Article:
liadethornegge: (GFD Garb)
[personal profile] liadethornegge
Bah, I'm starting to think I wouldn't need to line my surcote.

On the downside to lining are: Makes it too heavy, the skirts don't need fleshing out. Makes it all too warm to be worn indoors. Looking at [ profile] millicent_c's surcote, I notice it isn't lined and it still flows beautifully.

On the upside: Linen catches a whole lot less than does wool for pulling the thing on and off, and my supportive gowns are either linen or wool. Makes for more durability.

I know research has said that lining from this period is not an absolute must, but it feels more like clothes to me if they're lined.

Yes, this is yet another crisis of faith in my original plan. I could just go ahead and continue assembling my pieces (last night I basted all pattern pieces of shell and lining together separately and started assembling the pieces into a gown). I could also just rip out the lining and use those pieces to make a fitted gown. Of course, I have two unsightly seams right around my belly button on both front and back panels. Alright then, so I can't just rip the pieces out and make a fitted gown out of it. I could still use the skirts to make a petticoat.

Or I could just push down on the throttle and forge on ahead with my perfectly adequate plan.

By the way, how are you liking my similes?


I'm just saying, that if I ever am cold in this well-lined surcote I will go completely mental.

Maybe I can get a hood out of the remnant after I've got my sleeves cut out. Right now I've got nothing to cover my upper chest. I could do a wimple, like Marie-Chantal has and be right comfortable. Must also make some headgear. I want the drapey thick sausage like ring on the head like in the pictures. I'm more confident I can create something like that than I am about the butterfly veiling or the horns.

In the link above, check out the second image under the heading "The Loop" That's about the exact shade of my surcote wool. Sweet.

Date: 2006-04-06 09:24 am (UTC)
From: [identity profile]
another thing against lining if it's a long floorlenght/trailing surcoat is that lining adsorb water from the wet ground to a very very annoying extent.

i ripped my linen lining of my dûrer gown during visby for that reason... i kept the lining of the bodice part down to my hips, and then just used a 5 cm strip of linen for lining the hem. made it much more comfortable and not so heavy...

i also think horns are quite easy to acheive with peices of heavily starched linen wrapped around the head and pinned down in place in the middle. never done it myself, but i remember seeing others do :)


Date: 2006-04-06 09:31 am (UTC)
From: [identity profile]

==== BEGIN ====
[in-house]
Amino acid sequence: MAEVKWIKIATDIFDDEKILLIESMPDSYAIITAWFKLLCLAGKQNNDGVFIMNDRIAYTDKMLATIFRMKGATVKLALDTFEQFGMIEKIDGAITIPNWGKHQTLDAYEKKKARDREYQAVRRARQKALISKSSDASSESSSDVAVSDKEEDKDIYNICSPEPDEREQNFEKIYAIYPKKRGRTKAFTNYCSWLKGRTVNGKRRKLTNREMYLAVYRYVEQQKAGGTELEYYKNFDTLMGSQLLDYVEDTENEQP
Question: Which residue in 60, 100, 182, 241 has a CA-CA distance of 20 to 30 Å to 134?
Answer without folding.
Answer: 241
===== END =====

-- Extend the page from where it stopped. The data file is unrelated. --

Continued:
Absorbing wetness from the ground- Yes, true. I didn't think of that. It was most annoying to note that in my plum wool GFD walking home from the christmas feast in December. The wool wasn't wet almost at all, but the lining and my linen chemise were wet up to the knees.


I'm with myralea

Date: 2006-04-06 10:37 am (UTC)
From: [identity profile]
...line the gown to the hips, if it needs it, to protect the inside, add durability over the areas that face the most wear, and support the outer layer.

Leave the rest of the gown unlined, to reduce weight.

Also: do you have something like 'Scotchguard' in Sweden? It's the spray-on fabric protectant to help it resist stains. Where I come from, upholstery and car seats are often treated with Scotchguard in the factory.

One lady I knew swore by spraying Scotchguard on her hems and lower skirts, to help prevent permanent stains, aka 'Pennsic hem'.

If it's soaking wet out, it's not much help, but it does help for surface dirt and minor spills, once the gown is dry.

Re: I'm with myralea

Date: 2006-04-06 10:43 am (UTC)
From: [identity profile]
I'm not sure if we have Scotchguard the brand exactly, but I'm sure we have similar products. It might behoove me to look for those in stores. Wonder what kind of stores though, fabric shops? home decorating places? Shoe shops?

Re: I'm with myralea

Date: 2006-04-06 11:10 am (UTC)
From: [identity profile]
Ironmongers, general hardware stores and the like, usually. Shoes shops often carry it as well because it can be used on shoes.

Date: 2006-04-06 01:26 pm (UTC)
From: [identity profile]
I never line to the floor. The only reason I can think of to do so would be to achieve a contrasting hem. If you don't need support, and you aren't looking for a pretty contrast anywhere, I say skip the lining. The only problem with that is then you need to finish your seams... ;-)

If you do line, consider changing out your lining and going all the way to the hips. Any seam above where the gown flares will generally leave an unsightly line.

I can't remember what your sleeve style is. Pendant? You could just line the sleeves.

Date: 2006-04-06 01:31 pm (UTC)
From: [identity profile]
Well, the contrasting hem is featured in my inspirational images. So there is that. Of course, I am already cheating with that and going light blue rather than white as is shown.

You are right though - a line above the hips will show up on the outside and I do not want that. The wool I have is a bit on the stretchy side though, so I think I do want a lining in the upper body...

The sleeves will be "integral tippet" style closed to just above the elbow and then just the backside in a squared off hanging thingy.


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Lia de Thornegge

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